The course offerings provide the student with an opportunity to broaden as well as to intensify his or her knowledge in a number of areas of electrical engineering. The student, with the aid of a faculty adviser, may plan a program in any one of a number of fields of specialization within electrical engineering or from the offerings of related departments in science and engineering.
Graduate study and research are offered in the areas of:
Digital and Microprocessor/Controller Systems: Digital Signal Processors, Embedded Microcontrollers, Microprocessors, Advanced Microprocessor Systems
Solid-State Devices, Circuits and Systems: Semiconductor Theory, Microwave Devices, and Circuits, Analog Electronics.
Systems and Controls: Systems, Controls, Manufacturing, Discrete Event Control, Neural and Fuzzy Control, Nonlinear Modern Control, Biomedical Signal Processing and Instrumentation
Electromagnetic Fields and Applications: Remote Sensing, Electromagnetic Fields, Propagation, Scattering, Radiation, and Microwave Systems.
Digital Signal and Image Processing: Vision Systems, Neural Networks, Statistical Signal Processing, Nonlinear Image Processing, Virtual Prototyping, and Virtual Environments.
Telecommunications and Information Systems: Information Transmission and Communication Systems
Power Systems: Efficient Operation, Generation, Transmission, Distribution, Deregulation
Optical Devices and Systems: Optics, Electro-optics, Diffractive Optics, Nonlinear Optics, and Lasers
Nanotechnology and MEMS - Materials and Devices: Quantum Electronic Devices, Semiconductor Surfaces and Interfaces, Single Electron Devices, Sensors and Detectors, Carbon Nanotube Devices, Noise and Reliability in Nano-Electronic Devices, Microactuators, RF MEMS, Polymer Electronics, and Nanophotonics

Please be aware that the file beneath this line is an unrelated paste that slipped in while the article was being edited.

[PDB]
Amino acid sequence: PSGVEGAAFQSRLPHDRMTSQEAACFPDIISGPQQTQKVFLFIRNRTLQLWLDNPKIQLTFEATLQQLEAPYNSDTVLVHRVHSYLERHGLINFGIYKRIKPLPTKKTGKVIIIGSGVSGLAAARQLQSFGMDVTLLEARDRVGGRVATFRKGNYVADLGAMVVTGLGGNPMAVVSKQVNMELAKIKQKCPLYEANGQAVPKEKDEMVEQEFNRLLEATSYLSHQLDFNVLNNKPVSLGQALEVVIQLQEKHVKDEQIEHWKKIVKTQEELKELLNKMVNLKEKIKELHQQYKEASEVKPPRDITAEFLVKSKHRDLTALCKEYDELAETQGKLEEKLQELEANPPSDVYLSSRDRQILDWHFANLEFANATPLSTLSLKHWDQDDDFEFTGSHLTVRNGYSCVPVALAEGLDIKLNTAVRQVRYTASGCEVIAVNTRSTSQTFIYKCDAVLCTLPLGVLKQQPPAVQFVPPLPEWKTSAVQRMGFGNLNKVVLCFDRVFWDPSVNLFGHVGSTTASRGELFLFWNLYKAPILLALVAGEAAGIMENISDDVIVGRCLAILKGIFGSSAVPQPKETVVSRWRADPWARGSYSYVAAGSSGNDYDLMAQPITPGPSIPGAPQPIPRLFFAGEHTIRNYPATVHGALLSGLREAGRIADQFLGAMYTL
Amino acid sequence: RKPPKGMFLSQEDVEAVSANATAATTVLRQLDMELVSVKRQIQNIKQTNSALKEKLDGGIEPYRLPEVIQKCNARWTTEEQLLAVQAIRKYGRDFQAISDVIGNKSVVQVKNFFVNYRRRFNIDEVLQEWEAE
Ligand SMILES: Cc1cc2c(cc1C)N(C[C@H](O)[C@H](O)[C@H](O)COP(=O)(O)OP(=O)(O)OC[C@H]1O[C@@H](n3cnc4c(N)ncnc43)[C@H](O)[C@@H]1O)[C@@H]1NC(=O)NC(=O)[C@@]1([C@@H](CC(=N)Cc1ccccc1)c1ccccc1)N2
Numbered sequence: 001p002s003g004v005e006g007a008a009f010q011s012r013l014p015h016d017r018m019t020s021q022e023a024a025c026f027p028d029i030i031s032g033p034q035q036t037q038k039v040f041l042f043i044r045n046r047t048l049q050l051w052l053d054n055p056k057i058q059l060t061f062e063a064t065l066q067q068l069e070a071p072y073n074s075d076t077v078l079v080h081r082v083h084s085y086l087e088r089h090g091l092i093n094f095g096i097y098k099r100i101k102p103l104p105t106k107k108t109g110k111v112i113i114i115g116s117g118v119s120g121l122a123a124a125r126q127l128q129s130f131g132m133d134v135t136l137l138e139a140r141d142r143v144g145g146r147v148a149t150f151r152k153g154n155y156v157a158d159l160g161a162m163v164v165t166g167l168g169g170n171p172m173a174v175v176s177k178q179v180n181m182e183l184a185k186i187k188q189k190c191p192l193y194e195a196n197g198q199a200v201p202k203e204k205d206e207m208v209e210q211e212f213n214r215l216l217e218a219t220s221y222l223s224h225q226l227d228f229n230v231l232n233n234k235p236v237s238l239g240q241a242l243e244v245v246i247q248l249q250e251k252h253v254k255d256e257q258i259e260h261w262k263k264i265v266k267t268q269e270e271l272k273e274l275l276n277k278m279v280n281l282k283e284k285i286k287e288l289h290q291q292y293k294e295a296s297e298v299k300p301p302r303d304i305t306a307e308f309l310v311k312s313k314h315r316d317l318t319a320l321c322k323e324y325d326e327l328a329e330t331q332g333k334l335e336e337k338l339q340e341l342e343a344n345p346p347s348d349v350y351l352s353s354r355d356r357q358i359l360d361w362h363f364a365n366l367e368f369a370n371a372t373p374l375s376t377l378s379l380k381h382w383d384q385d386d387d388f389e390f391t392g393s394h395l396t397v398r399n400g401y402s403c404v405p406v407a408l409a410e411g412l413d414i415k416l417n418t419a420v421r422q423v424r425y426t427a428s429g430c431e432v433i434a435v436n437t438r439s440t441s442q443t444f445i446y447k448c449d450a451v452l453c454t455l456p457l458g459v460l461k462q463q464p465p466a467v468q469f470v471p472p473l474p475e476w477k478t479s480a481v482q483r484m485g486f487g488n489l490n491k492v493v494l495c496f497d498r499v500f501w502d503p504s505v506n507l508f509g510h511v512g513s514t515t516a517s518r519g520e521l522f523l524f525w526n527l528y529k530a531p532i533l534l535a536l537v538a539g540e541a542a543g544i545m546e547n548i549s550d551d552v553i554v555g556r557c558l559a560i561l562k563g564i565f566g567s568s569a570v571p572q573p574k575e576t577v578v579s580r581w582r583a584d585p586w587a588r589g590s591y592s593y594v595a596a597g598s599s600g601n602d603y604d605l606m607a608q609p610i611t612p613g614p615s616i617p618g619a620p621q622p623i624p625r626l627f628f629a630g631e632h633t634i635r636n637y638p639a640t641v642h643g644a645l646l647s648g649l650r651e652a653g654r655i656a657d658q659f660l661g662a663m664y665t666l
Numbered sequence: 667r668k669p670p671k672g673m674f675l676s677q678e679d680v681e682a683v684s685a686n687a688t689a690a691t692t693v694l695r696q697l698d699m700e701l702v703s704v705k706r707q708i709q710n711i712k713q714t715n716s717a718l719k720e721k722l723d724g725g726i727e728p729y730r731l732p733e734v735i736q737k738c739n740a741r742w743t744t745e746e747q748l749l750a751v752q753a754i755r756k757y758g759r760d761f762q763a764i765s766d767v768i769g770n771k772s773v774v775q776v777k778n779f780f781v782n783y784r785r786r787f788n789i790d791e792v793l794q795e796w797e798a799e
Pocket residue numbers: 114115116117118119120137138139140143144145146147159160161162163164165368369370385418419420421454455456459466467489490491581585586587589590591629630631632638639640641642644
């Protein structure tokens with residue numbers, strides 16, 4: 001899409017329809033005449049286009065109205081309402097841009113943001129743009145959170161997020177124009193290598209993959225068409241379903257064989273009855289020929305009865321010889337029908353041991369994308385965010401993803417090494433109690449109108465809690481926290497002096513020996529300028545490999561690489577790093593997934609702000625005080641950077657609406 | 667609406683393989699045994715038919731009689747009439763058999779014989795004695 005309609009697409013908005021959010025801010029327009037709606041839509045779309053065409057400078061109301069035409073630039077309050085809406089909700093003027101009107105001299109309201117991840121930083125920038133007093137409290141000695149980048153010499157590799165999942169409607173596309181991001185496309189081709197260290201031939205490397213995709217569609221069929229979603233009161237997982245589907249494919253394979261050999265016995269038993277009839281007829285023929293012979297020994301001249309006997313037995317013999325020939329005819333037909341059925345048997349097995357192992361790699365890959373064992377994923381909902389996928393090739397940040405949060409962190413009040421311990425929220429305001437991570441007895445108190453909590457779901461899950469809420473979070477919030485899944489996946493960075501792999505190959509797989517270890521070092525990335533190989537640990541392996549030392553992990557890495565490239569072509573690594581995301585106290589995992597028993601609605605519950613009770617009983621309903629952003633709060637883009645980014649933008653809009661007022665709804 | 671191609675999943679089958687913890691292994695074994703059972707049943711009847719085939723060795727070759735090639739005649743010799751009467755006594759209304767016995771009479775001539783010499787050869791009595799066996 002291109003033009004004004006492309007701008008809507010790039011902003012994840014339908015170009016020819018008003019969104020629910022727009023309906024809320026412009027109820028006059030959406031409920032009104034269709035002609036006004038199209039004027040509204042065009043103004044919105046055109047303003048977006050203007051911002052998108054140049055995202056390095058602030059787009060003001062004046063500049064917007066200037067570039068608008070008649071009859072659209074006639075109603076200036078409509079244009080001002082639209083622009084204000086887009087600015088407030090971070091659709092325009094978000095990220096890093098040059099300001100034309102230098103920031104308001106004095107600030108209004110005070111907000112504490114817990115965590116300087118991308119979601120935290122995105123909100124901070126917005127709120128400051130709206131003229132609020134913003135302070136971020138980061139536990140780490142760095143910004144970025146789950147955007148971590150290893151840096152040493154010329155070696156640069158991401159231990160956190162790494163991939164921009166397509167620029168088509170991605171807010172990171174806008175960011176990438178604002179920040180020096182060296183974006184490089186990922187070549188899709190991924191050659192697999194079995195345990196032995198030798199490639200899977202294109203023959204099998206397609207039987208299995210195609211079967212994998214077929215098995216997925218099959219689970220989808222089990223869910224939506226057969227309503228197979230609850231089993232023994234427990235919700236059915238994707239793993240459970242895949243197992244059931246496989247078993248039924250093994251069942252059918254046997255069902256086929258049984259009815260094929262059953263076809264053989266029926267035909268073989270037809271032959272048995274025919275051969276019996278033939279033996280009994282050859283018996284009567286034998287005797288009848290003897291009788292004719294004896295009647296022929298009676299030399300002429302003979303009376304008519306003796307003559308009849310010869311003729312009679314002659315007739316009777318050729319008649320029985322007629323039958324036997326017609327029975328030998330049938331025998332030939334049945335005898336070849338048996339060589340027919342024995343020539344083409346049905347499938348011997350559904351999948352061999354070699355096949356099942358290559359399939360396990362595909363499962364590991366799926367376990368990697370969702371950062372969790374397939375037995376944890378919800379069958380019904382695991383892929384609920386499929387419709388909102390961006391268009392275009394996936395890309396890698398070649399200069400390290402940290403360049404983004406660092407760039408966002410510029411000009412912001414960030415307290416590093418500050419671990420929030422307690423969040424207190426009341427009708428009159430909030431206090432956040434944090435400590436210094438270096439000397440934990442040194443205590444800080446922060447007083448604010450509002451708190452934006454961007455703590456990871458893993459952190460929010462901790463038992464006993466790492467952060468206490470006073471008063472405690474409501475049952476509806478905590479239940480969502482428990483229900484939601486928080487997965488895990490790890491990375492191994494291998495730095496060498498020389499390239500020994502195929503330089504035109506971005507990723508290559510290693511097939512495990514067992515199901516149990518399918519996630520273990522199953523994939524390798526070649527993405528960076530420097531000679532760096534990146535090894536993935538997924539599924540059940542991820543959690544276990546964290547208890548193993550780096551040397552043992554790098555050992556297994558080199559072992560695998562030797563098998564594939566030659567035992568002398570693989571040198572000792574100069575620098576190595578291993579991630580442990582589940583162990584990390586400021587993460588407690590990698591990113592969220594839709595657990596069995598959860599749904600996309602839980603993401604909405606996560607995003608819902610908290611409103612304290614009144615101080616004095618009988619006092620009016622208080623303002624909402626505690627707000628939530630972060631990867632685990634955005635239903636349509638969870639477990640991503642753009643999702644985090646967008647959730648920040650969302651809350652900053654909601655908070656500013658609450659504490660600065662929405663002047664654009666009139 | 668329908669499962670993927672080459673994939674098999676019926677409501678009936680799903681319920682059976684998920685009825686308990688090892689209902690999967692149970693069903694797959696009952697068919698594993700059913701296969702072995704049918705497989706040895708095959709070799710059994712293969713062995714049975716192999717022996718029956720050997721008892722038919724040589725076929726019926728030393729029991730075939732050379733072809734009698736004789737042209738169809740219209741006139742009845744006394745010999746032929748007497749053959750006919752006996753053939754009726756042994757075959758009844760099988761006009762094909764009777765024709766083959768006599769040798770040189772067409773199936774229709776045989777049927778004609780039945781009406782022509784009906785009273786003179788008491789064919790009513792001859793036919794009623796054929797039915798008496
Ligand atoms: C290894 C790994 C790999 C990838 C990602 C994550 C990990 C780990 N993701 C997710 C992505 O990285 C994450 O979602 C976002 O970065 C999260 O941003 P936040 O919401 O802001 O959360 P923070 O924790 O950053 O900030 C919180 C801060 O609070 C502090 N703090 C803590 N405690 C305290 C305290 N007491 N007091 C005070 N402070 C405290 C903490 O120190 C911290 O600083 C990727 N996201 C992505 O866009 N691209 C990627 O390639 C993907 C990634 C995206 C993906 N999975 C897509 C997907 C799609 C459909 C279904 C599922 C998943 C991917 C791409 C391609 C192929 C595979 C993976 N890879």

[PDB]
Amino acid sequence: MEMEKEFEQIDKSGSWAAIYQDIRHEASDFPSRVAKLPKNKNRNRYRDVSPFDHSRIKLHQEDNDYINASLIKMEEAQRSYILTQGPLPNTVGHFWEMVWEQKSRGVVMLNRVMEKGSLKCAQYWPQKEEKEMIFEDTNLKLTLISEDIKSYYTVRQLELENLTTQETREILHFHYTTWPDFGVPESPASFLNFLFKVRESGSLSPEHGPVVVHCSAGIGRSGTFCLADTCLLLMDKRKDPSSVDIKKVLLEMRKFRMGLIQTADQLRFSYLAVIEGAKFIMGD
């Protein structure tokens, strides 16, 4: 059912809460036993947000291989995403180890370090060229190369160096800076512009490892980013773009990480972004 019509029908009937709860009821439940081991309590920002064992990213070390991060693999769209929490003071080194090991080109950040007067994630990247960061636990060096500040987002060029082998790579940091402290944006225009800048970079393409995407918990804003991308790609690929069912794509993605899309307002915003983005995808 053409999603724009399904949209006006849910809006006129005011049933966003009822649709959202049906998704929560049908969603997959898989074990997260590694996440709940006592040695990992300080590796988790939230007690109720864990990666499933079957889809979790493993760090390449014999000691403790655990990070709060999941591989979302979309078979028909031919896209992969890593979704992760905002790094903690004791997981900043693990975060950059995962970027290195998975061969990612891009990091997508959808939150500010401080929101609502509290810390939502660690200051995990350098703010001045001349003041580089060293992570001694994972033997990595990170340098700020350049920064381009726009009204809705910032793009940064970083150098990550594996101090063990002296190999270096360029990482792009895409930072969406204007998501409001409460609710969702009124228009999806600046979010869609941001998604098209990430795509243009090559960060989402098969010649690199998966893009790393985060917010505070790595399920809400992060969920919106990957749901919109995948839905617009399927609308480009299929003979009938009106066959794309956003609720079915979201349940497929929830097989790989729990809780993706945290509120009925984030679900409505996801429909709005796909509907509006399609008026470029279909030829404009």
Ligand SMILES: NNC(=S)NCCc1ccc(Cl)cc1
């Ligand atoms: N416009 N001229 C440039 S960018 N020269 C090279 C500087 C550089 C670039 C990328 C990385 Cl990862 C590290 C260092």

Renewable Energy Systems and Vehicular Technology: Power Electronics Engineering, Motor Drives, Renewable Energy Systems, Grid-Integration, and Vehicular Power Structure
The program is designed to satisfy the needs of students pursuing doctoral degrees and to provide for the student seeking to increase knowledge in areas of electrical engineering related to engineering practice. The courses offered will provide practicing engineers with advanced, up-to-date education in electrical engineering.
The admission process considers all of the application material including official transcripts, GRE scores, letters of recommendation, and the statement of purpose. No single objective factor is used to finalize the decision for admission or to deny admission. It is expected that an applicant has a background in such areas as linear systems, dc and ac electronics circuits, static and dynamic electromagnetic fields, microprocessors, among the courses completed in a typical electrical engineering curriculum. Students with a BS in other fields are encouraged to apply, but they may be required to remedy a lack of required EE courses by taking some undergraduate EE courses. An attempt will be made to match the technical aspirations of the potential graduate students with the departmental resources in order to provide a stimulating academic environment for the students and their graduate education.
Criteria concerning (1) unconditional admission, (2) provisional admission, (3) deferred admission, (4) denial of admission, and (5) fellowship, are given below. Admission with Unconditional Status: A typical applicant who is "admitted" will have met the following admission requirements.
The minimum undergraduate GPA requirement
For Ph.D. admission 3.5 based on MSEE or equivalent
Relevance of the student’s undergraduate degree (background) to the EE curriculum.
Rigor of the student’s Bachelor’s degree.
Reputation of the University/College that the student received his/her previous degrees
The publications in scholarly conferences/journals are optional but will improve both a student’s chances of securing admission and receiving financial support.
Three recommendation letters from individuals who can judge the probability of success of the student’s graduate study.
GRE scores of at least the following:
Quantitative score = 720 (new scale: 156) for M.S. or = 750 (new scale: 159) for Ph.D.
Verbal score = 400 (new scale: 146)
Analytical Writing = 3 for M.S. or =3.5 for Ph.D
For an International student, an additional requirement beyond those stated above: